"Yes. Everyone has fears. But, you have to keep believing."


Tell us about your background?

Annie-Marie: I was born in the capital city of Ghana in 1995, to Ghanaian parents. I lived in Accra till I was 14. I was raised by many hands because when I was much younger my father had left to the UK to study computer science and make a living for his 3 daughters. I loved to draw and paint and play with anything that would get my fingers muddy from a very young age. My older sister, whom I look up to a lot studied a design course briefly at KNUST (Kwame Nkrumah University of Science and Technology); a very prominent art school in Ghana with Alumni’s such as El Anatsui and Ibrahim Mahama. Now I’m studying Fine Art at Wimbledon.


What drew you to pursuing an art degree?

AM: When I was much younger my Tanzanian mother (adoptive) used to take me to art workshops in Osu, which involved sculpture and collage. I didn’t really think of art as something I could pursue. I thought it was my hobby. Through primary school (in Ghana) and secondary school (in London), art was still my favourite subject, however I still wasn’t aware of the role of an artist and its possibilities, so I pursued a sporting career and played in the England basketball league. During my last year in sixth form my art tutor insisted that I attended a foundation course for art in Camden and I did. That was the best decision I had made in a long while. The basketball community and the art community are distinct entities, but I believe basketball fostered my discipline in the new space I began to exist in. My practice on the foundation course surprised me. I worked in several media; from painting to performance, film, photography and poetry.


What was your parents’ reaction to you pursuing an art degree?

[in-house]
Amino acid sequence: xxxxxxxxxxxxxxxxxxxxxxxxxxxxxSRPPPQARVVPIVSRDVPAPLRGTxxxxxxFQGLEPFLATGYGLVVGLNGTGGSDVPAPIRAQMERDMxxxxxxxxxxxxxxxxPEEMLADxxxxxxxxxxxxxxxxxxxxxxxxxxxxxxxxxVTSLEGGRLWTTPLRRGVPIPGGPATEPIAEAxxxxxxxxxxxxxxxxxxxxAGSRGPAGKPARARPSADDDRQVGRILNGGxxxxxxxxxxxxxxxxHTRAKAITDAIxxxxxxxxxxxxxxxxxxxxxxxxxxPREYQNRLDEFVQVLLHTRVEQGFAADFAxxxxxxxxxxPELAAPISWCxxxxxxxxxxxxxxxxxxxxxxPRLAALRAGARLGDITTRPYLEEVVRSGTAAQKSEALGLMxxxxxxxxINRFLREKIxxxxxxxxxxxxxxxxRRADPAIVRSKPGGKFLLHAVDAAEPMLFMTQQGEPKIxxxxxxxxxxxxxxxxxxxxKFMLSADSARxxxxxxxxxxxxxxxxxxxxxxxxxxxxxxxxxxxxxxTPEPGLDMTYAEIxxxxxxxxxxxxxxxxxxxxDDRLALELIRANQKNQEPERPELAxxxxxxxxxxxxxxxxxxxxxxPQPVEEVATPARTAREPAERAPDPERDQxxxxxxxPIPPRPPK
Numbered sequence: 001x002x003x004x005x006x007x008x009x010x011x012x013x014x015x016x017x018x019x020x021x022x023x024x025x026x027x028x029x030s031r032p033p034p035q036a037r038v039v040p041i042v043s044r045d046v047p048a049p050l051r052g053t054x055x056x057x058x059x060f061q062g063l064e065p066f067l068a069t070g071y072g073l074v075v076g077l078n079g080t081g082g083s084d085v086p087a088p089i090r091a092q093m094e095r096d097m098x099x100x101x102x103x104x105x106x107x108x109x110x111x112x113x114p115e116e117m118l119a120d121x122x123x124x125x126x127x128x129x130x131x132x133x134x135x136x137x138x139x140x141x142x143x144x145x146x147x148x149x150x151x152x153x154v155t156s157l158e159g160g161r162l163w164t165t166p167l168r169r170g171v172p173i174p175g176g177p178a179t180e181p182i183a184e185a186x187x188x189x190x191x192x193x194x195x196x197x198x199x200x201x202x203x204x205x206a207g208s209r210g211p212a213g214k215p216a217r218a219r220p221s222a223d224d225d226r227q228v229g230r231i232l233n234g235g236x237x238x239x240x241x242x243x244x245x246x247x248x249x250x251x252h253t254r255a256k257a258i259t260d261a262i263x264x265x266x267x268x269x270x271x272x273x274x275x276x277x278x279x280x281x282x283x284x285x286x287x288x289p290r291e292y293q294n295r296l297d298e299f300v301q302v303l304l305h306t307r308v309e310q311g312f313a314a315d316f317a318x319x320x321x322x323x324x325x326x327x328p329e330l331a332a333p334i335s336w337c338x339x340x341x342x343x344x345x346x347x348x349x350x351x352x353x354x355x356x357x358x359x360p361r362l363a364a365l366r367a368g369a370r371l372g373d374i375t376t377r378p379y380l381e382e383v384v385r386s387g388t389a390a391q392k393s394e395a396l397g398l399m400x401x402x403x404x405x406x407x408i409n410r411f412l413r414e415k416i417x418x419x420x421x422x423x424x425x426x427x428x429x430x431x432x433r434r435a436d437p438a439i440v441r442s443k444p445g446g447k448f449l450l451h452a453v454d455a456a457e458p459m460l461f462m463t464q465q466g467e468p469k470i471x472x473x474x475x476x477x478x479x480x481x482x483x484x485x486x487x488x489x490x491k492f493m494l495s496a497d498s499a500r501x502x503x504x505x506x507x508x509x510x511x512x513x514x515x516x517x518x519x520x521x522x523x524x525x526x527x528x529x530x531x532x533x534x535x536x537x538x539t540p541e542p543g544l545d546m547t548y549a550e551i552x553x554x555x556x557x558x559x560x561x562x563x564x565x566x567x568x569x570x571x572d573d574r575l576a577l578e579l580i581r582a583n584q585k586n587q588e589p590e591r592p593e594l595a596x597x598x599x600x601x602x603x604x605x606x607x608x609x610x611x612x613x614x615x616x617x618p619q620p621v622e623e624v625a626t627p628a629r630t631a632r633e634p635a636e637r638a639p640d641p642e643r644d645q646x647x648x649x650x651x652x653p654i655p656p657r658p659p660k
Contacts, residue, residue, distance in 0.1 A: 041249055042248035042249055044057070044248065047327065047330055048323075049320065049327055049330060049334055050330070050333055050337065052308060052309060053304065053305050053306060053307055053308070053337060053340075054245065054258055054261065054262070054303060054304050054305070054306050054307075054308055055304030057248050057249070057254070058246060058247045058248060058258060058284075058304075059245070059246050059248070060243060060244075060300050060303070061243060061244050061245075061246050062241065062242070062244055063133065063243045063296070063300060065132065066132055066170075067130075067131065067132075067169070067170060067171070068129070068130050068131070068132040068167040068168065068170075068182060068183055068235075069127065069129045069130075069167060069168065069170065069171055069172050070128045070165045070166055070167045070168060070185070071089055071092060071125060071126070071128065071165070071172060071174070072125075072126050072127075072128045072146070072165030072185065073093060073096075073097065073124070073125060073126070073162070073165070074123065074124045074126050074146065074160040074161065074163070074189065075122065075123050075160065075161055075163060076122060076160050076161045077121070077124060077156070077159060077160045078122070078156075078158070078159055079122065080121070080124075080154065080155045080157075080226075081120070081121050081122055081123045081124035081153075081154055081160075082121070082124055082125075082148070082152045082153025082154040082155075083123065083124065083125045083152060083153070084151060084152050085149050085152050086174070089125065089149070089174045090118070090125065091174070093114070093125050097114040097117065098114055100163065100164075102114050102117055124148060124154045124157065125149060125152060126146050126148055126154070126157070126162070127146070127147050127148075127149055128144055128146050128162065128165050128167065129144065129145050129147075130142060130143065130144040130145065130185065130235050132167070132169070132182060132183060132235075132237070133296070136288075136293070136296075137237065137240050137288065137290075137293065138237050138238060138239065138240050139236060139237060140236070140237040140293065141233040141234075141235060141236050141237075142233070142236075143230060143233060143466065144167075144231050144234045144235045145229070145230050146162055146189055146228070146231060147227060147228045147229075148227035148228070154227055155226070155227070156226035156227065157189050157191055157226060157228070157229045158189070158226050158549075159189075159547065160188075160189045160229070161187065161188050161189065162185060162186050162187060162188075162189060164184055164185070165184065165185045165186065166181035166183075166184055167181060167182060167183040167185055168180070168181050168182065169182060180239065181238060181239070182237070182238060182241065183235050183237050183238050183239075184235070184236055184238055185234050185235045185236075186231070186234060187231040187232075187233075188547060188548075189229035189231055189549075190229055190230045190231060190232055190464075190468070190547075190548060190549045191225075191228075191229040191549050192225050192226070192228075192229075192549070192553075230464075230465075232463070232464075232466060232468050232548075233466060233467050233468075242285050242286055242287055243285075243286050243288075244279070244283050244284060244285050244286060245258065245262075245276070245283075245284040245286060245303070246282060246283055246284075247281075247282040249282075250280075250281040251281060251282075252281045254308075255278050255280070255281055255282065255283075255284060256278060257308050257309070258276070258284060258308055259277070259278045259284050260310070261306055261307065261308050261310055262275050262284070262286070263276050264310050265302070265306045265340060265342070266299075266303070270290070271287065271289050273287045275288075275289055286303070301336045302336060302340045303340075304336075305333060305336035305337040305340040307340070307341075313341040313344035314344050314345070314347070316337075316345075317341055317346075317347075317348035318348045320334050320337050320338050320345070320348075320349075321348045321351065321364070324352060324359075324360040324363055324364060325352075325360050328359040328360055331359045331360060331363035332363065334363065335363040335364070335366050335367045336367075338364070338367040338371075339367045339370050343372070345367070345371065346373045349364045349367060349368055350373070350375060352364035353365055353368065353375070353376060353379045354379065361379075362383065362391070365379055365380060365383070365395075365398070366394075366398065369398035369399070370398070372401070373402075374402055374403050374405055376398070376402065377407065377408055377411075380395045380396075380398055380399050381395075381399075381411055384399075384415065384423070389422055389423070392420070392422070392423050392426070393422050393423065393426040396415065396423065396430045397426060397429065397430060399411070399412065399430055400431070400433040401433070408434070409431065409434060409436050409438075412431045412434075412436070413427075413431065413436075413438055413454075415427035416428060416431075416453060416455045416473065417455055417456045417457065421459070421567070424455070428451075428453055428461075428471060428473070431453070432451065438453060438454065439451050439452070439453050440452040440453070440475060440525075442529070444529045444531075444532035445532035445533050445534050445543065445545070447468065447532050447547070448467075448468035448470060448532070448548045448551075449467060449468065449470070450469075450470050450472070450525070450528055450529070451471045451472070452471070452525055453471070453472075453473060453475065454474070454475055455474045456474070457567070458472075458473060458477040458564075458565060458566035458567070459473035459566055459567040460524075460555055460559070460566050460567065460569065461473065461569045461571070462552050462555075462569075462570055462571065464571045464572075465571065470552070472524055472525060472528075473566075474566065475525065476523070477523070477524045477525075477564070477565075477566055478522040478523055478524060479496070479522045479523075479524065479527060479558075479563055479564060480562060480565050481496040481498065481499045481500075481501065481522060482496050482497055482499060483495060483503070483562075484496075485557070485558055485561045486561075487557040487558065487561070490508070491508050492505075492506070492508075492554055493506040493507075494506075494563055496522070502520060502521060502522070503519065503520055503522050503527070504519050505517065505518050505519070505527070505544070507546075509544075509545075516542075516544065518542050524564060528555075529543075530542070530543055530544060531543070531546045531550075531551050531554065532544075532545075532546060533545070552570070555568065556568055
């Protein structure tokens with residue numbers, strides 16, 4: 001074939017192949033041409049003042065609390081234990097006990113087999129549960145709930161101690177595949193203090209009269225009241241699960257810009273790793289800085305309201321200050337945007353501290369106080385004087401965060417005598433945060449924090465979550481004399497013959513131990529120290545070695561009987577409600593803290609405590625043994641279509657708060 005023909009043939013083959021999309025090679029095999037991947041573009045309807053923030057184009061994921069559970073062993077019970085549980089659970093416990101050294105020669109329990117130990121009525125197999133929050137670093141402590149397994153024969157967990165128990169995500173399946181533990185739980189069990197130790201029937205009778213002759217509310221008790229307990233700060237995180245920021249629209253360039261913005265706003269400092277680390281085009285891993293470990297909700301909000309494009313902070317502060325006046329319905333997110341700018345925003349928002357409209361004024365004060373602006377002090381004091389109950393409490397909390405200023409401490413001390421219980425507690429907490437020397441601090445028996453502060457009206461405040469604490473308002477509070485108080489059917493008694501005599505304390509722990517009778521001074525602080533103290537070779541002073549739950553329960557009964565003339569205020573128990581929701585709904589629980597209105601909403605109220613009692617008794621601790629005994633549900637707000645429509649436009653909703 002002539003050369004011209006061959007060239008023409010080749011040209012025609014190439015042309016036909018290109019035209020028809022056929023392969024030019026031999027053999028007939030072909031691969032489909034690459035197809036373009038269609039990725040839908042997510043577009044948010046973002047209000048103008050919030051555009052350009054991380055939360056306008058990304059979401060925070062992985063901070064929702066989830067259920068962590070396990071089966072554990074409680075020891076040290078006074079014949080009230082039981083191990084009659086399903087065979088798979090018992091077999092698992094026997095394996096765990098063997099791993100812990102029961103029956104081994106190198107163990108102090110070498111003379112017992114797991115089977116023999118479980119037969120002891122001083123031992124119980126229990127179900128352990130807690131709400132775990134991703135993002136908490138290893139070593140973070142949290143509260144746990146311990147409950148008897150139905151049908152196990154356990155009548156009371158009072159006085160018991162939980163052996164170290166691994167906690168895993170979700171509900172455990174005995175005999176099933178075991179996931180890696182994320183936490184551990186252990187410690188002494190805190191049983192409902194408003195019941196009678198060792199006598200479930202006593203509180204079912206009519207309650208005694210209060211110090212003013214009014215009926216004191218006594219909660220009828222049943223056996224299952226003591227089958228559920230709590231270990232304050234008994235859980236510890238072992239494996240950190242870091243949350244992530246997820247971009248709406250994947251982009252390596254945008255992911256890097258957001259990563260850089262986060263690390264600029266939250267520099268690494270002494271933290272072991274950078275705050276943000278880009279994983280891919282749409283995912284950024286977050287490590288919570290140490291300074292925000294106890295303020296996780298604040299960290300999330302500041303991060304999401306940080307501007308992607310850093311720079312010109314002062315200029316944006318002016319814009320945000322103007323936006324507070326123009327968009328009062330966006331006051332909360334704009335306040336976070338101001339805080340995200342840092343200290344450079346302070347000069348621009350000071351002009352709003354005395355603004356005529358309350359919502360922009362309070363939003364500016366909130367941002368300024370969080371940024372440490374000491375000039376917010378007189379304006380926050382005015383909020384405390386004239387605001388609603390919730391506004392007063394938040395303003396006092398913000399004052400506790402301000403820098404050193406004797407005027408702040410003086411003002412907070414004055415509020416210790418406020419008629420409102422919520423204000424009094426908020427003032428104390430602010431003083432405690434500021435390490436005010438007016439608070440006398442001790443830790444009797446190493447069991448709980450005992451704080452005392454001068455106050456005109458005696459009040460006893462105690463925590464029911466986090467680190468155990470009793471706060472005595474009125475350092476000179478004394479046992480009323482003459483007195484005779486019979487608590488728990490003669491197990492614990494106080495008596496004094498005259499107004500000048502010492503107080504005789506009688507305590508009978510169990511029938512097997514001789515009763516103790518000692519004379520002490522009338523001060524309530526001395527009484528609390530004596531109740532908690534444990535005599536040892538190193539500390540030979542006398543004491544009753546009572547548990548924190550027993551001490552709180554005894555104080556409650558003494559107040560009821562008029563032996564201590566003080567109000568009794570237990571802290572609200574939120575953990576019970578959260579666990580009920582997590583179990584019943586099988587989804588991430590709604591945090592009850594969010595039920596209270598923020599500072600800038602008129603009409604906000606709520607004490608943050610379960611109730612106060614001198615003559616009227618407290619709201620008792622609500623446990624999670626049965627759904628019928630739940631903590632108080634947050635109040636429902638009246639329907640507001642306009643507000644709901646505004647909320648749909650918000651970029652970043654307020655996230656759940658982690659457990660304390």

AM: My Dad was fine with it. I grew up in a single parent home and was raised by Dad. He was very interested in what I do, so he wasn’t fazed by decision. He was very supportive; he would criticise my work and tell how I could be better. He used to sculpt on the side as well. I’ve never had that question of how would you survive from my Dad. My mom on the other hand who doesn’t know me so well always questions: asking that if I’m going to an art degree why isn’t it architecture or graphic design or interior design, compared to Fine Art.


Do you think there is a stigma around pursuing an art degree in the Afro-Caribbean society?

AM: In the past yes, 10 years ago, 5 years ago yes. But now Ghana is booming. We have galleries that are thriving and pushing their artists to art fairs particularly Galley 1957. So, I think Ghana is really believing in the arts. The government hasn’t yet dedicated funds to is, but the people are passionate about it. I recently went to Ghana and visited an exhibition and on the wall, it had all the artists there and there were over 60. For me 60 is a lot, considering there is only one art school in Ghana – KNUST (Kwame Nkrumah University of Science and Technology) – so for them to produce so many artists and hold such a moving exhibition is impressive. Even if they government says no, the people says yes, so I think there is hope in Ghana arts scene. I think now society is more understanding.